I think one of the worst places for IT people to work is for a tech company.
Talk about being undervalued.
Often, they are providing tech services to an entitled group of people. Developers. And super users in all the customer facing teams of Sales, Service and Marketing. Because even in usually non-technical roles, the people are technical.
It is in this world that I have seen real “shadow IT”. Which is a description of people in business departments that go rogue and create their own IT tools. Buy their own applications without consulting IT. Or worse than buy, sometimes build it.
Often breaking the rules. And being proud of it.
Yet at the same time creating things that can’t really be supported. And in worse case scenarios, creating things that might not be robust in terms of security and scalability. And often creating data silos. Which I believe can lead to functionality silos.
And while technology companies are the worse offenders when it comes to shadow It, it can happen at any company. It’s a nightmare for IT teams.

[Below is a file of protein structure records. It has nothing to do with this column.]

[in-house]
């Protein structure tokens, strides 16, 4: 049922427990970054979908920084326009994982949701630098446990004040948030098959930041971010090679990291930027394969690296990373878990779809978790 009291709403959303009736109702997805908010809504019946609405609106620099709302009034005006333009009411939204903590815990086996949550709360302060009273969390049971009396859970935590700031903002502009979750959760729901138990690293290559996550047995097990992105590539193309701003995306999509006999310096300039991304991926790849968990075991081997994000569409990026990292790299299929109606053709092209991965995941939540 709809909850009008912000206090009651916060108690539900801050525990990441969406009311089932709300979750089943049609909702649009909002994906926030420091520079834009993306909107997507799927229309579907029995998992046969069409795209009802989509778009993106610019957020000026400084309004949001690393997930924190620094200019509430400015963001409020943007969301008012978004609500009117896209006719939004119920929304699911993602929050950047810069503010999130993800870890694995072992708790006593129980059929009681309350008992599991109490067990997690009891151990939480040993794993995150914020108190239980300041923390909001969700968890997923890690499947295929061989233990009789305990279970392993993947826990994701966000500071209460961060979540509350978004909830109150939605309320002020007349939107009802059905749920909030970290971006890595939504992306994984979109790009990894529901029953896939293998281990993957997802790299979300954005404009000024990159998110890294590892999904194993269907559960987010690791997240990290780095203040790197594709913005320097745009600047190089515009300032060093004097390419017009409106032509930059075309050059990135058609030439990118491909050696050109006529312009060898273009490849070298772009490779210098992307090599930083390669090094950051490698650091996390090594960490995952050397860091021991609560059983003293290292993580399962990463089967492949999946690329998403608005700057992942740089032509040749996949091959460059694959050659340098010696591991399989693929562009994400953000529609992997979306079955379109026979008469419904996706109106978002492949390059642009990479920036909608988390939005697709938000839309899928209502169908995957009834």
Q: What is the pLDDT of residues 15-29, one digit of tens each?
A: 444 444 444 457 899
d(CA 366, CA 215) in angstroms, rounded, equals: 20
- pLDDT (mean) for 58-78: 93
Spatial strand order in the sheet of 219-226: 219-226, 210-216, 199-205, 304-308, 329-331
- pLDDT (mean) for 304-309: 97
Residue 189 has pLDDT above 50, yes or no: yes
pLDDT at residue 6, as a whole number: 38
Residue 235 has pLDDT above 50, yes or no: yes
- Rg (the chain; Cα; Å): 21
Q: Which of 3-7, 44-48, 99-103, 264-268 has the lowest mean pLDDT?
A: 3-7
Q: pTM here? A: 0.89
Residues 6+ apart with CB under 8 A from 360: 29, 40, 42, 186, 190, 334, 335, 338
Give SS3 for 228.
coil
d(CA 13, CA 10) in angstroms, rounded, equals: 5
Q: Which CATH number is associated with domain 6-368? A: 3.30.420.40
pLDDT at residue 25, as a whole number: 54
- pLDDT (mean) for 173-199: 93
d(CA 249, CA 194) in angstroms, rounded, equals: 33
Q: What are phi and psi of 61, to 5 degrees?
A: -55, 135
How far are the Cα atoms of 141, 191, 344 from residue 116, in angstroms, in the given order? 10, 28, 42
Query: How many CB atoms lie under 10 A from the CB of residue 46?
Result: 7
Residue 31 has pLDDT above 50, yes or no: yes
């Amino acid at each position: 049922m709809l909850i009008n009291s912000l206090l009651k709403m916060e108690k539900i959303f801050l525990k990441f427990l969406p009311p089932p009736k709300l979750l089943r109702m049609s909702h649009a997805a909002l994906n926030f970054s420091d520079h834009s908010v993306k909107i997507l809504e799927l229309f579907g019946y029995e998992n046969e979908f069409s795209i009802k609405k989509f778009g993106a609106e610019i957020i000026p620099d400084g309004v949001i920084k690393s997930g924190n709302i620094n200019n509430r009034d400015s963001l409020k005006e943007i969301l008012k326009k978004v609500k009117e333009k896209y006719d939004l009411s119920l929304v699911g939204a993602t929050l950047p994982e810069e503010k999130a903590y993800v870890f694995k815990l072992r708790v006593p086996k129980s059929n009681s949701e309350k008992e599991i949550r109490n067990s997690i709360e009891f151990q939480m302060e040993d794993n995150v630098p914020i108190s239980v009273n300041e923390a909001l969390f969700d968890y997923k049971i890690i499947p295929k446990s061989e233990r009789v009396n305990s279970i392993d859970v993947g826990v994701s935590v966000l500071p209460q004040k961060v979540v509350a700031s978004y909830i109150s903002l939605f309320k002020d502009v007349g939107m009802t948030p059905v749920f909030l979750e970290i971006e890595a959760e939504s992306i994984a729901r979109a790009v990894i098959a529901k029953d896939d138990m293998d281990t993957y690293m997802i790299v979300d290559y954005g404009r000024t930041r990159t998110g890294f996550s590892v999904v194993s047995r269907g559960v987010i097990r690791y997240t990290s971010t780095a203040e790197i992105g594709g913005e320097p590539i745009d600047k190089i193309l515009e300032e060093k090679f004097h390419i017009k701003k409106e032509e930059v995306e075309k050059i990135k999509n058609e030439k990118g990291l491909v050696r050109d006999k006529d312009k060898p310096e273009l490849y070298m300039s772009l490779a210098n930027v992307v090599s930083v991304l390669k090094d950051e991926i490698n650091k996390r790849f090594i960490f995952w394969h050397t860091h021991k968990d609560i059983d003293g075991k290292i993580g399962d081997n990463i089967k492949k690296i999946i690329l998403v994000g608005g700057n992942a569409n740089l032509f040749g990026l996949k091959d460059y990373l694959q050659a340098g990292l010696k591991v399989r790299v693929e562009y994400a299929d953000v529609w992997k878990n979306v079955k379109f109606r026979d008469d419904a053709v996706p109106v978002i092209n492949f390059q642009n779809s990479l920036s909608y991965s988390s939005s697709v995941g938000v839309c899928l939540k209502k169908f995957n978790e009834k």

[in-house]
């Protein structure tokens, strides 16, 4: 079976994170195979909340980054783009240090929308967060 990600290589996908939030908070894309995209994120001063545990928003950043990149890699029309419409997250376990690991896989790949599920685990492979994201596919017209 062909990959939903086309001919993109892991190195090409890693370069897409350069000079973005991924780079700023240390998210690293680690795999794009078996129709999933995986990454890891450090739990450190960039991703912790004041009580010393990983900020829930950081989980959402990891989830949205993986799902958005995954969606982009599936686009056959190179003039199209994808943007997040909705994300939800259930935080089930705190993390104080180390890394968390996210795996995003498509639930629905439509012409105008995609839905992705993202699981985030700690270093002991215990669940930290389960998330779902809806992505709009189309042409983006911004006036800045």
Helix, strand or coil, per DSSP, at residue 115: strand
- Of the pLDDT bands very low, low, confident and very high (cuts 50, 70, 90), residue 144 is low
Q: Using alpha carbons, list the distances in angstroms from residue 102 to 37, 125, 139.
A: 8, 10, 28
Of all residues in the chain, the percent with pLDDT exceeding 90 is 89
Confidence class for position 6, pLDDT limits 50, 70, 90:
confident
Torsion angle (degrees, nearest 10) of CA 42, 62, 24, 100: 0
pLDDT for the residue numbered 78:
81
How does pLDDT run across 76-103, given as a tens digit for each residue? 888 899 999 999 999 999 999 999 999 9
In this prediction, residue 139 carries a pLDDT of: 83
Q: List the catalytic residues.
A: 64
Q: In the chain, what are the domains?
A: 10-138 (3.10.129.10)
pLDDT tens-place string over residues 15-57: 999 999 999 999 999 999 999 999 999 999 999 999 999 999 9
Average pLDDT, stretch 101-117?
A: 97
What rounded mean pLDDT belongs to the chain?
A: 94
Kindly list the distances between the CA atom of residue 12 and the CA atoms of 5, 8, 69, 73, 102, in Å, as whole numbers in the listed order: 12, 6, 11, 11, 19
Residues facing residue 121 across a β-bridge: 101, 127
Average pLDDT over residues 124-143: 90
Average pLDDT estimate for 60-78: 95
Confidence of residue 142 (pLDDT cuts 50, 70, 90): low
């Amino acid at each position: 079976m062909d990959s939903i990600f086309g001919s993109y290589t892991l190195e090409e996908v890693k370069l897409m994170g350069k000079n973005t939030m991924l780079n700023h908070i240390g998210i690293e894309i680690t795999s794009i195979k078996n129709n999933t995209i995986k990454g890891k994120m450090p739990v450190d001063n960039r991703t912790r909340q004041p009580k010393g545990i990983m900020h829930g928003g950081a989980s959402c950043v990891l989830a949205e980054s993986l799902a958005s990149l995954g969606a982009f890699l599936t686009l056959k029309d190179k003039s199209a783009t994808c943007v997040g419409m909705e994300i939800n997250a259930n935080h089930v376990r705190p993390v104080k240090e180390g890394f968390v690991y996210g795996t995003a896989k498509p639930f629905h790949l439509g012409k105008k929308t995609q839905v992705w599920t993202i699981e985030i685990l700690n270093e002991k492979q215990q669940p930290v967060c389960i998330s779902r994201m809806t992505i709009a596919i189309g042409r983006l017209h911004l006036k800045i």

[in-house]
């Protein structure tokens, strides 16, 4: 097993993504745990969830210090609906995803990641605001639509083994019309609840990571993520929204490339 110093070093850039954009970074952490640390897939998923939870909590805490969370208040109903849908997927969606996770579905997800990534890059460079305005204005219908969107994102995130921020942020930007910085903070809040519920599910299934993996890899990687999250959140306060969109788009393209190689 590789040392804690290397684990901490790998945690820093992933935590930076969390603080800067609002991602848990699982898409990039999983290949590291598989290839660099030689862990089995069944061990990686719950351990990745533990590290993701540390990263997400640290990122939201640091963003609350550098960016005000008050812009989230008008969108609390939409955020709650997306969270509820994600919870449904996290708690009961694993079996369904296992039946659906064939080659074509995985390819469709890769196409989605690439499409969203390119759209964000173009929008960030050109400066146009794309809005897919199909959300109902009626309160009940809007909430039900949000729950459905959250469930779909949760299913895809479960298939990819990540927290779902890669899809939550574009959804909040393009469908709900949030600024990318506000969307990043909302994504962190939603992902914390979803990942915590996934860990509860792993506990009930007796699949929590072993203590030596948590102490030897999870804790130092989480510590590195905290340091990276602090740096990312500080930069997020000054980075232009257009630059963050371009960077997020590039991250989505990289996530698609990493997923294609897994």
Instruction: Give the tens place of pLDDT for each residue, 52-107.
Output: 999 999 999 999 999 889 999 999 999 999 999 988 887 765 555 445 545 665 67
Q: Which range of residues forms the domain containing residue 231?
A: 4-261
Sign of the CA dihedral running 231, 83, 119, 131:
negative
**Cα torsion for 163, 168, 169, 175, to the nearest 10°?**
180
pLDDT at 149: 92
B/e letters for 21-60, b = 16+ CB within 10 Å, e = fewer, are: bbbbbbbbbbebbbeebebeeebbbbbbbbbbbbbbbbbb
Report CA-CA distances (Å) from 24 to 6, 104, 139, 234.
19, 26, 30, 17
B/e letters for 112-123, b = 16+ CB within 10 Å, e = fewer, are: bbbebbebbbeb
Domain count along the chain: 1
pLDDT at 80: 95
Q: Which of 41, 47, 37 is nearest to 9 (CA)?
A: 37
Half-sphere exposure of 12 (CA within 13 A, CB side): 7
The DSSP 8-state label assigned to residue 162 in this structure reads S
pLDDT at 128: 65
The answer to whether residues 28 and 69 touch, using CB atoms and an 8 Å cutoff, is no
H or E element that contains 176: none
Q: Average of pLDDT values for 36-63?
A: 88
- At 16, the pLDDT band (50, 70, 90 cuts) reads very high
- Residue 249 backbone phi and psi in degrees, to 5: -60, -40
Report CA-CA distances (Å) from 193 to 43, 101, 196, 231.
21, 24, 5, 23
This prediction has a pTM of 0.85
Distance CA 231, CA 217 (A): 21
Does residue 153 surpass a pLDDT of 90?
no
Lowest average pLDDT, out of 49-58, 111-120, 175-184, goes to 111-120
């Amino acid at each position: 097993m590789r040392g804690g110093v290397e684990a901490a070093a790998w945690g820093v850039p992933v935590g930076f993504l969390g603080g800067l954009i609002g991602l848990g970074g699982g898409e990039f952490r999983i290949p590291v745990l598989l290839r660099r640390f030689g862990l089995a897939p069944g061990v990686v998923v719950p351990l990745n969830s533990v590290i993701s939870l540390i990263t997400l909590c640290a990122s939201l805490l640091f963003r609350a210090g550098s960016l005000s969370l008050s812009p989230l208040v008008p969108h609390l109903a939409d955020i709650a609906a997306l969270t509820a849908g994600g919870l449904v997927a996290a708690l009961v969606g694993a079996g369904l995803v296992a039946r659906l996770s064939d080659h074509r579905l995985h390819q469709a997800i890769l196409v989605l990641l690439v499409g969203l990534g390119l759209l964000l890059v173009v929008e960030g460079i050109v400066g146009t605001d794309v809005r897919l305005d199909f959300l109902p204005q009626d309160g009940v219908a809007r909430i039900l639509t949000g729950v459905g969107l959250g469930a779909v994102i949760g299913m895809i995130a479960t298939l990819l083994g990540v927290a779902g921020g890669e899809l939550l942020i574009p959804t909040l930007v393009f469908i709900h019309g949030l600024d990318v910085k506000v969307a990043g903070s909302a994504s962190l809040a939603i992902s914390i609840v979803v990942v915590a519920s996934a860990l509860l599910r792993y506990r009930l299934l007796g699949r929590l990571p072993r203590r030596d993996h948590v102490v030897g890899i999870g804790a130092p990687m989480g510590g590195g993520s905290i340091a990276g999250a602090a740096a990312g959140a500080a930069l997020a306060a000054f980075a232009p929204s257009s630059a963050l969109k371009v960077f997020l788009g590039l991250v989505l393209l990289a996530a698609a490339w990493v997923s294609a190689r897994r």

So, you can’t really blame them when they are hesitant about the deployment of low-code / no-code solutions. That they think that this can open the door to shadow IT.
However, managed well, it can generate real value inside a company. It can free up the IT department to do the things that are most important. Setting up IT infrastructure that does consider security, scalability, and data policy. Likewise, it empowers the business teams to innovate on the front line. For example, it enable better workflow. An lets them create better customer experiences.
When implemented as a joint venture with IT, low-code / no-code solutions are not shadow IT. They are a huge step forward in how we transform how we use digital within our business teams to deliver to customer needs.
It’s all in the how it’s done. And how we collaborate internally.
Do you like this topic? You might also enjoy these blog posts: